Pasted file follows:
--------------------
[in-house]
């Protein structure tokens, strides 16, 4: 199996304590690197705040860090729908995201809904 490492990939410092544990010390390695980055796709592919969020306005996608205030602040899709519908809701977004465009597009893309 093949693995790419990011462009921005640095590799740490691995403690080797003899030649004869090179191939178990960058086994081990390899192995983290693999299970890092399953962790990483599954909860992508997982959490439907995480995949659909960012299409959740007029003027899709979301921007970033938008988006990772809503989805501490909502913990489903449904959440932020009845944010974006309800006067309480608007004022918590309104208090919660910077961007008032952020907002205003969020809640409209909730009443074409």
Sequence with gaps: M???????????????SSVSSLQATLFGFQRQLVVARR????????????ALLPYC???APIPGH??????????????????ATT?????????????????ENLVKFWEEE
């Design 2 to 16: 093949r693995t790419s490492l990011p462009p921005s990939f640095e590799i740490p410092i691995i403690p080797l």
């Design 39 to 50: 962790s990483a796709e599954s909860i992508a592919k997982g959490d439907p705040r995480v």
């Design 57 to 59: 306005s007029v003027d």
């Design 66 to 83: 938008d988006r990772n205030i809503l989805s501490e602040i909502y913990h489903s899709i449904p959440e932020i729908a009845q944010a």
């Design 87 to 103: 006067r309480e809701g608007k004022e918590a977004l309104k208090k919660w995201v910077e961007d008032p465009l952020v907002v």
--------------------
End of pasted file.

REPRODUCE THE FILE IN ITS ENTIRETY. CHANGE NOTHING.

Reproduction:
[in-house]
């Protein structure tokens, strides 16, 4: 199996304590690197705040860090729908995201809904 490492990939410092544990010390390695980055796709592919969020306005996608205030602040899709519908809701977004465009597009893309 093949693995790419990011462009921005640095590799740490691995403690080797003899030649004869090179191939178990960058086994081990390899192995983290693999299970890092399953962790990483599954909860992508997982959490439907995480995949659909960012299409959740007029003027899709979301921007970033938008988006990772809503989805501490909502913990489903449904959440932020009845944010974006309800006067309480608007004022918590309104208090919660910077961007008032952020907002205003969020809640409209909730009443074409």
Sequence with gaps: M???????????????SSVSSLQATLFGFQRQLVVARR????????????ALLPYC???APIPGH??????????????????ATT?????????????????ENLVKFWEEE
């Design 2 to 16: 093949r693995t790419s490492l990011p462009p921005s990939f640095e590799i740490p410092i691995i403690p080797l």
């Design 39 to 50: 962790s990483a796709e599954s909860i992508a592919k997982g959490d439907p705040r995480v």
């Design 57 to 59: 306005s007029v003027d």
């Design 66 to 83: 938008d988006r990772n205030i809503l989805s501490e602040i909502y913990h489903s899709i449904p959440e932020i729908a009845q944010a």
């Design 87 to 103: 006067r309480e809701g608007k004022e918590a977004l309104k208090k919660w995201v910077e961007d008032p465009l952020v907002v």